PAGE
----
How do you cope? There’s been a lot of conversation lately about charging reading fees, printing costs, rising book costs, who should pay for what, etc. Do you have any opinions on this, and would you be willing to share any insights about the numbers at Timeless, Infinite Light?
We are continuously trying to answer this question. We are still only a few years old. As such, we are trying to reach a larger network of booksellers, educators, librarians, etc. We’re happy to be distributed by Small Press Distribution, which allows us some access to this larger network. We do small, high-quality runs of offset-printed books. It’s not cheap! But part of our credo is attention to the book-as-object, intimately connected to the text it holds.
There are some benefits to offset versus POD: even though it carries larger costs up front, the per book cost is cheaper. In addition, some print on demand services are connected larger companies that have an actively destructive role to the health of small press economies. Part of our process has been akin to those of local independent bookstores, in that we are very much supported by and in conversation with our local community.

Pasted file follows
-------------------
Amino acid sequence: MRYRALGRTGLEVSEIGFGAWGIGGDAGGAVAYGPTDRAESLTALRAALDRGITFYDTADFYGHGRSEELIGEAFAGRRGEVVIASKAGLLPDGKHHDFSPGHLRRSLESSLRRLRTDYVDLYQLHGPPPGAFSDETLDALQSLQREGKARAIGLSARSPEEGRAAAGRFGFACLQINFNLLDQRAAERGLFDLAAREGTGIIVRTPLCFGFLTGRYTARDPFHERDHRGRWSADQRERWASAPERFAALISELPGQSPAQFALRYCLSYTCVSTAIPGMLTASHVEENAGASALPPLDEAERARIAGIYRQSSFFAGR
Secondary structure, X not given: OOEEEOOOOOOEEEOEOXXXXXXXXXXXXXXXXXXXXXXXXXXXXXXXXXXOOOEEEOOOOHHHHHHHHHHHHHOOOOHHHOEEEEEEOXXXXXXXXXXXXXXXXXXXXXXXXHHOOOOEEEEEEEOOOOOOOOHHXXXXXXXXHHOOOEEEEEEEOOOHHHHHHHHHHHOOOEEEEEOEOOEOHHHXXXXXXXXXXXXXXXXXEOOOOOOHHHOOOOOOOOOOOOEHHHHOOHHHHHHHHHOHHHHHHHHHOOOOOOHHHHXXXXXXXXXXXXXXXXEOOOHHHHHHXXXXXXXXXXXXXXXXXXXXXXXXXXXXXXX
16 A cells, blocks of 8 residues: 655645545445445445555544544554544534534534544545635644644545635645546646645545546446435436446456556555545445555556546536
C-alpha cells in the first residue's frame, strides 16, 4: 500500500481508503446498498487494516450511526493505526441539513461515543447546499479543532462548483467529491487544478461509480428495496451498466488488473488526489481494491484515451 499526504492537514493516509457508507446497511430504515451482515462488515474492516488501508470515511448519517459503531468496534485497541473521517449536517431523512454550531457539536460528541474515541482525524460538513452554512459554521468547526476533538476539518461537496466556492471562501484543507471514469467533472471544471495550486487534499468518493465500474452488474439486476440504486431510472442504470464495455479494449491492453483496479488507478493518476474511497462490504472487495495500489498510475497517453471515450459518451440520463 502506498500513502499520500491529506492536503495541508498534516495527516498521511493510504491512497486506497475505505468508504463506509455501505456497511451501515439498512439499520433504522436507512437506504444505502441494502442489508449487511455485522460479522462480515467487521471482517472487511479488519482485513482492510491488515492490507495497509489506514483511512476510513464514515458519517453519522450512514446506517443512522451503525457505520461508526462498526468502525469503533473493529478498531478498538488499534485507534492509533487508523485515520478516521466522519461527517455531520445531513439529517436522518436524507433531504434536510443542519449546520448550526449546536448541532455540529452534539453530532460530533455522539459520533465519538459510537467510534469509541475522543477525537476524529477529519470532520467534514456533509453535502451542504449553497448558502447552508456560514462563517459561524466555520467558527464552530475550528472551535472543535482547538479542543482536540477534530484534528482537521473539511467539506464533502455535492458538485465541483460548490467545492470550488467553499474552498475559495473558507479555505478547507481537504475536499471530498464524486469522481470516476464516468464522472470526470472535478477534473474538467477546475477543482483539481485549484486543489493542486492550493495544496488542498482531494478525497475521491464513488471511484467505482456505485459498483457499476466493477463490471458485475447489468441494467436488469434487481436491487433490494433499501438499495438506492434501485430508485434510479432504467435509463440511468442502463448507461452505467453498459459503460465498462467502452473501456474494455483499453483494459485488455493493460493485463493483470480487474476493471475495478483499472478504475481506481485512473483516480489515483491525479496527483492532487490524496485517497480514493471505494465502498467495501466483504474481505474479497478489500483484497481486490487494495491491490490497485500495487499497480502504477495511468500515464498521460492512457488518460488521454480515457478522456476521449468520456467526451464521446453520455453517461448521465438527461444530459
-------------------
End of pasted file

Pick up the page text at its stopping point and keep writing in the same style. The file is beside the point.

There is a fierce argument going on right now about reading fees. For solicited work, we don’t charge a fee. We asked contributors to our first contest to purchase a book in order to participate. We are charging a fee for our second contest, but we have also made it very clear that no one will be turned away for lack of funds.
I think that some of the arguments around fees reflect the lack of public funding available to publishers. This lack of support, paired with the constant pressure of existing under capitalism, mean that presses are pressured into: becoming more commercial, structuring as a non-profit organization, or relying heavily on private donors, or some permutation of these.
In addition to these, there is a constant tinkering that goes on, an effort to match print runs to anticipated demand, or experimentation with reading fees, subscription models, sales, and bringing in interns or volunteers.
One key consideration is balancing the capacity of our tiny staff and budget against the number of powerful manuscripts that come our way. After our first two years, as we learned more about publishing, we stepped up the number of manuscripts we published. This may not be a permanent change. It does raise questions about our goals as a press, like: how much do we want to grow? Do we want a larger staff and a longer list? Do we stay small and really lavish our attention on just a few books per year? These are probably questions we’ll keep asking ourselves until the Timeless Infinite Glittership returns from the IOK-1 galaxy to take us home.